Apple has allegedly wanted to build an electric car for years, but it’s been very secretive about its efforts.

Soon, however, there may be an announcement from Apple and its new partner: Hyundai.

Local newspaper Korea IT News reports the partnership deal will be signed by March and production of an autonomous electric vehicle will begin around 2024 in the US.

Reuters reports the Korea IT News story was scrubbed of details after being published.

The first published version reported Hyundai and Apple would build the cars at either subsidiary Kia Motors’ West Point factory in Georgia, where the Telluride, Sorento and K5 are built, or at a new factory the two companies would invest in and open together.

The proposed new plant would, once established, have an annual production capacity of 400,000 vehicles.

Korea IT News also reported Hyundai and Apple are planning to release a “beta version” of the Apple car next year.

Last Friday, Korea Economic Daily reported word from a Hyundai Motor official that multiple global automakers are in talks with Apple and that Hyundai itself was in early talks with the American tech giant.

This word from Hyundai led share prices to soar, finishing 19.4 per cent higher at the end of Friday’s trade.

Apple has yet to comment.

An earlier report said Apple is developing new lithium-ion battery technology to “radically” reduce battery cost and increase range.

The mooted “monocell” battery pack uses larger cells to free up space, and does away with the pouches and modules holding batteries in conventional electric vehicle lithium-ion units.

Apple’s existing LiDar sensors, used to aid the cameras and augmented reality functionality on the latest iPhones and iPads, could form the base of the car’s suite of semi-autonomous driver assistance features.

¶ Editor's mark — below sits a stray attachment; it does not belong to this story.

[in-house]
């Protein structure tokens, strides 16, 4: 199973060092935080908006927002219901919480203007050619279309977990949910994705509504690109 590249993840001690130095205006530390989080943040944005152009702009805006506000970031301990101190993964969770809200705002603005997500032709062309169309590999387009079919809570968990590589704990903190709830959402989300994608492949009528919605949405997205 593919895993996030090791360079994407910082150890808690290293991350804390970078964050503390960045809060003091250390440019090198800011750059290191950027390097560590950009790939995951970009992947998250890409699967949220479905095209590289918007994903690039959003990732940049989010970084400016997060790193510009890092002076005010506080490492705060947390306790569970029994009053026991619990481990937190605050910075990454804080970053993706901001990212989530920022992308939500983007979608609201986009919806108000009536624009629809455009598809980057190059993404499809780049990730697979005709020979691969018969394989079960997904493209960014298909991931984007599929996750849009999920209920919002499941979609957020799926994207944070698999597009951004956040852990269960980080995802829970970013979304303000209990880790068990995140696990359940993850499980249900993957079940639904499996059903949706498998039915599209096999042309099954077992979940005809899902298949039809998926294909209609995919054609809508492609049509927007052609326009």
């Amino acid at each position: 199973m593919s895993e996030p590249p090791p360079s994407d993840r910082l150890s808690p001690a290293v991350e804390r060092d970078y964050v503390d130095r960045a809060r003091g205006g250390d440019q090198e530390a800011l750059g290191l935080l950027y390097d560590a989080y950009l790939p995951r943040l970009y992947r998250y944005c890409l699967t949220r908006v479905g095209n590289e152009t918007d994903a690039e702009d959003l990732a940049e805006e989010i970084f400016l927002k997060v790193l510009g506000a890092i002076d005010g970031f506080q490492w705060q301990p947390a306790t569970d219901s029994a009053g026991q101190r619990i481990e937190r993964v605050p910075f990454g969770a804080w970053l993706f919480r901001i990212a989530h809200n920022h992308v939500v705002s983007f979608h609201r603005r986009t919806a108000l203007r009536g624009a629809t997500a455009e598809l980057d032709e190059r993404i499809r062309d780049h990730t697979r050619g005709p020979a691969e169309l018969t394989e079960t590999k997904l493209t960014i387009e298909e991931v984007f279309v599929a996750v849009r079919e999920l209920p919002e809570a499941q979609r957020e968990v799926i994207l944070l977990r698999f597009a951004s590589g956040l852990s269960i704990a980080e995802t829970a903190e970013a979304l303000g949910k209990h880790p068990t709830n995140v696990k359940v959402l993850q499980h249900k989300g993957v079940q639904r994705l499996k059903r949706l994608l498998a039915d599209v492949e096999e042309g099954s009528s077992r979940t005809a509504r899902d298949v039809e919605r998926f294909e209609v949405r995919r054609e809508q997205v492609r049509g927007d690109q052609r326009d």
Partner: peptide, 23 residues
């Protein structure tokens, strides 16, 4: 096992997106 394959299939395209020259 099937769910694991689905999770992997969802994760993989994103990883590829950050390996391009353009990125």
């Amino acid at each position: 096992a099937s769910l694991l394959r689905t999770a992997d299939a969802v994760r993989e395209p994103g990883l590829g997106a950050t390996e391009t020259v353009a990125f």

It’s not yet clear how Apple’s involvement will shape the finished product.

Hyundai’s new Electric Global Modular Platform (E-GMP) seems a logical starting point.

The rear-wheel drive EV architecture supports batteries big enough for more than 500km of range, and supports motors that’ll propel it to 100km/h in less than 3.5 seconds.

Hyundai plans to introduce 23 battery-electric cars and sell 1 million examples by 2025.

E-GMP will underpin everything from sedans to high-riding crossovers and SUVs. The platform will debut in the Ioniq 5 SUV for Hyundai, set to touch down locally during 2021.

Kia and Genesis crossovers on E-GMP will follow, as will the Ioniq 6 sedan in 2022 and Ioniq 7 SUV in 2024.

MORE: Hyundai news and reviews

William Stopford

William Stopford is an automotive journalist based in Brisbane, Australia. William is a Business/Journalism graduate from the Queensland University of Technology who loves to travel, briefly lived in the US, and has a particular interest in the American car industry.

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